He begins with an outline of the problems he faced investigating indigenous navigation in the 1960s and 70s and the complexity of the evidence: often fragmentary and partial continuing traditions, early European contact records, archaeology, and so forth. And he outlines his own experiences learning from indigenous navigators, and the practical problems he faced, linguistic and logistic. His own experience mostly came from the Carolines, "where a relatively complete navigational discipline is still extant", the Santa Cruz Reef islands, the Gilbert Islands, and Tonga, but he draws on evidence from across the Pacific and island Southeast Asia.
First comes a survey of the key material infrastructure, looking at voyaging canoes and their sails and at their capabilities in terms of speeds and loads. Then he looks at steering by the stars, at keeping course by sun, swells and wind, at dead reckoning and the estimation of time and speed, and at the use in orientation of etak or reference islands. He also considers some skills that were "very possibly limited to highly trained specialists", notably position reckoning using zenith stars and possibly water temperature and salinity.
"Of course, steering by horizon stars is every bit as accurate as by magnetic compass and probably easier than trying to follow the gyrating compass card of an island schooner or a yacht. The snag is that the navigator who is going to use the stars as we would a compass must be so thoroughly familiar with the night sky that he can orient himself when no more than one or two stars are visible, an ability show repeatedly by both Tevake and Hippour."
Landfinding was assisted by various methods of "expanding the target". Here Lewis looks at island blocks, birds, clouds, swell patterns and phosphorescence, and at some examples of how this works in practice.
"Noddies and white terns, as we know, are consistent land guides to double the sight-range of atolls, or 20 miles offshore, and this applies throughout the Carolines and Gilberts. That it holds good elsewhere is suggested by the observations of Captain Anderson, who was born on Fanning Island and who gives the same figure of 20 miles for noddies, though a much greater one for white terms. Hawaiian data seem to indicate that these ranges apply there also. It seems reasonable to suppose, therefore, that the fishing zone of the noddies is the same in Polynesia as in Micronesia, and that of the white terns at least as big and possibly bigger.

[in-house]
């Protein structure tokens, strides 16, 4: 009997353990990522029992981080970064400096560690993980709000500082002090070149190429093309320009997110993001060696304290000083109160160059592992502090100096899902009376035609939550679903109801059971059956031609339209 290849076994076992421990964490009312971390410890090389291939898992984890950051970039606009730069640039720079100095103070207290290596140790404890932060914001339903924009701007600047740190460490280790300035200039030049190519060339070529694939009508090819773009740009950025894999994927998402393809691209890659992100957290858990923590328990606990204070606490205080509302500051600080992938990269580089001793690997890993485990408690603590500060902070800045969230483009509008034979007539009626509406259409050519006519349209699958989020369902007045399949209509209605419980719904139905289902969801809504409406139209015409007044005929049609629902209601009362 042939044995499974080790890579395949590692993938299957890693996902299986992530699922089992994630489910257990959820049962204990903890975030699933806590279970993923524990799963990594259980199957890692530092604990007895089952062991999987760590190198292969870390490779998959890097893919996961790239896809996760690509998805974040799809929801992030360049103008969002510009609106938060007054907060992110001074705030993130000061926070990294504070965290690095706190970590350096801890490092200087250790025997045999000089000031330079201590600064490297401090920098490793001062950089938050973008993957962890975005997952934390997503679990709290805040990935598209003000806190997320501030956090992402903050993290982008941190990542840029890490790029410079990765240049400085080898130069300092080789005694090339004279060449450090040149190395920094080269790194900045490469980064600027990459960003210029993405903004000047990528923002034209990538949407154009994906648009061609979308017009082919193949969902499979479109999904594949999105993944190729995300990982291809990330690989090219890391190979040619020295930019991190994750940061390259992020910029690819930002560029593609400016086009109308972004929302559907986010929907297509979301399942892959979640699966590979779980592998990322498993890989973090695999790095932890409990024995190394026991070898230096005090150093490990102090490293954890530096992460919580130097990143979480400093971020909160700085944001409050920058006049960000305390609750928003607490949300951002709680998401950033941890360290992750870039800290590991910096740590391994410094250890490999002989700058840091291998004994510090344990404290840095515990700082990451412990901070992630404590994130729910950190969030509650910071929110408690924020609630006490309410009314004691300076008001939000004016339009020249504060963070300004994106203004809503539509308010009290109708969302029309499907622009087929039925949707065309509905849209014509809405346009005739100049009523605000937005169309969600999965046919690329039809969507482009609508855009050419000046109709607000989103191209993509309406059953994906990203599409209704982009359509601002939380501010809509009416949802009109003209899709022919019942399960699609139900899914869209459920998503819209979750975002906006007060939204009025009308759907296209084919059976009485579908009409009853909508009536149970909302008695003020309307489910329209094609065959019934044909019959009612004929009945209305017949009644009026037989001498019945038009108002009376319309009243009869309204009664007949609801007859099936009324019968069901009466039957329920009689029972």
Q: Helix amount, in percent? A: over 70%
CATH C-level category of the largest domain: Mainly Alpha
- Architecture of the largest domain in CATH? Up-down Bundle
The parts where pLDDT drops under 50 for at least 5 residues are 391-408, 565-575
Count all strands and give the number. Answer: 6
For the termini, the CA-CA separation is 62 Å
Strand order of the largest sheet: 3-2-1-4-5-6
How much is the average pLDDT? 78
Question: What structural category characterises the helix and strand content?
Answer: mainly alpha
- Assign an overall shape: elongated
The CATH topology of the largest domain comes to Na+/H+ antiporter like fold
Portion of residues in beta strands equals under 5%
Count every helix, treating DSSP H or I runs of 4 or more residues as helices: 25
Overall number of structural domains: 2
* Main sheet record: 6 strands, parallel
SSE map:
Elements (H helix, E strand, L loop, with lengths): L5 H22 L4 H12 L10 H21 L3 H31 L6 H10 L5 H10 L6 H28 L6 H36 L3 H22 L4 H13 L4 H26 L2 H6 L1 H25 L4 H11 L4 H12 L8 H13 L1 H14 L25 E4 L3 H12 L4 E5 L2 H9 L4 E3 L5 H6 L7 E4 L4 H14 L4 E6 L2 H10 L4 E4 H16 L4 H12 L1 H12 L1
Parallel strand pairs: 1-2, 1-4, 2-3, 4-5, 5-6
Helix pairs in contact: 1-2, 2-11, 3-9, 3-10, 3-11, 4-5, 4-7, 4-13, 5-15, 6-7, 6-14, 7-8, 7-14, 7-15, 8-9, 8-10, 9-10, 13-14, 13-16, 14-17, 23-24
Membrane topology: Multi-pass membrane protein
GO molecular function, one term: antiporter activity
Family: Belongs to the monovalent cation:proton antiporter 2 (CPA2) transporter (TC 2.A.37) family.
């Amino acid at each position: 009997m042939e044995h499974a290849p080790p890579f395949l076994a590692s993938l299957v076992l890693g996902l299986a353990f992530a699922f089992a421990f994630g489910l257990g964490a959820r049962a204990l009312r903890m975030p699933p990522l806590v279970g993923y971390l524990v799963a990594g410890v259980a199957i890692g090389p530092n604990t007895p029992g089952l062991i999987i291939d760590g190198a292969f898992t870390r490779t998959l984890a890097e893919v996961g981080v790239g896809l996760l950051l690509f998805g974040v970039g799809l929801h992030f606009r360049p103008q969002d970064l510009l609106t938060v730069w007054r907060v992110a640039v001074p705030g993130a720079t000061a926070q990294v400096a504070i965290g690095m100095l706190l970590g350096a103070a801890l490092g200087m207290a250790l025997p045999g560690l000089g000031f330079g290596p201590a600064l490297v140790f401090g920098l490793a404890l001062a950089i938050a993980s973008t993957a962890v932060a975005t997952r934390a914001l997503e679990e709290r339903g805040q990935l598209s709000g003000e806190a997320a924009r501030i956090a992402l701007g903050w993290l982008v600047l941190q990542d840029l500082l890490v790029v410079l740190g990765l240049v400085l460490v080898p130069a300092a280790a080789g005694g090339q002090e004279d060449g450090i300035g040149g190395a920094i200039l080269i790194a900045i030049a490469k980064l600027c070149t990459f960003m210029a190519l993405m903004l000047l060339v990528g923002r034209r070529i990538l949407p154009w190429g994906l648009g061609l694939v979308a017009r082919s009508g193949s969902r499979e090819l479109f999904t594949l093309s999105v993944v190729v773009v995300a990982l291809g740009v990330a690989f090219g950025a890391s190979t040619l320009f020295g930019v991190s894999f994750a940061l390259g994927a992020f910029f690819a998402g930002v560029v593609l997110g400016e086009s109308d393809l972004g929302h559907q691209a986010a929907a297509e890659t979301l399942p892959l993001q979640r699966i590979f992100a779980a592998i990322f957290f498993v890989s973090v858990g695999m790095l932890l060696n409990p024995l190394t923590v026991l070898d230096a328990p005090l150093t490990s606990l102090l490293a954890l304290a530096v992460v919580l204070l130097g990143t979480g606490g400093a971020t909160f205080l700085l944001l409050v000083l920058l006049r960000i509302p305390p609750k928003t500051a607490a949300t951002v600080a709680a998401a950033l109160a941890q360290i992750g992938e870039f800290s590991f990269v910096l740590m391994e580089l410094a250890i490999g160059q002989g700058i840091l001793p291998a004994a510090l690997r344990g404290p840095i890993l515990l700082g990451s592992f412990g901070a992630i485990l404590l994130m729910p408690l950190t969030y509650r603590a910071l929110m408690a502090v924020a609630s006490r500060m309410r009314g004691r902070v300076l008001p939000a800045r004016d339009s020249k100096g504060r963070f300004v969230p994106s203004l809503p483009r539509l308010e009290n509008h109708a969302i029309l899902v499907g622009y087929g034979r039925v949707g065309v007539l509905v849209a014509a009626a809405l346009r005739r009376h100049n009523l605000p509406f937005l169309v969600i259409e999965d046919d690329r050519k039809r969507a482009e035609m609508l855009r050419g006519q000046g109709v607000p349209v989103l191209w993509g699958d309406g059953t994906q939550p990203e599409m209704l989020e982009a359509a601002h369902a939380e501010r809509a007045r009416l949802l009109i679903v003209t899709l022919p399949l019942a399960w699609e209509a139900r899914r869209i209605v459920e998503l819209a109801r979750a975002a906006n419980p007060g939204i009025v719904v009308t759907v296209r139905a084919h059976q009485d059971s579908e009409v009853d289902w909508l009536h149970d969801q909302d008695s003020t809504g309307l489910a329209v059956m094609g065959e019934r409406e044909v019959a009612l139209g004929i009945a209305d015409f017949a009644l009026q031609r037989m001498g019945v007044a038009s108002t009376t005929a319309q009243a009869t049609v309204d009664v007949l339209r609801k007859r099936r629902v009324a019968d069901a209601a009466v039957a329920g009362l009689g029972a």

Stepping back a little, Lewis considers the reasons people in the Pacific had and have for voyaging and applies "navigational criteria to certain ancient routes that we know were once traversed either accidentally or with intent". An addition to the 1972 first edition is a chapter describing the high profile 1976 voyage of the "performance equivalent" replica Hokule'a from Hawaii to Tahiti.
"If this necessarily incomplete examination of the motives for voyaging has illuminated the subject at all, it will have shown the plurality of the travelers' aims, the only common factor in their attitudes being self-confidence at sea. Extant Carolinean practice shows that this is the reverse of recklessness, caution and conservatism being stressed."
Lewis provides enough background — with explanation of even basics such as the problem of dead-reckoning in the presence of currents — to make the material accessible to someone like myself with no sailing, let alone navigation, experience. I had expected to skim much of We, the Navigators, but ended up reading almost all of it. (Some details are left to 15 pages of appendices and 30 pages of notes.) It's an engaging treatment of a fascinating subject.
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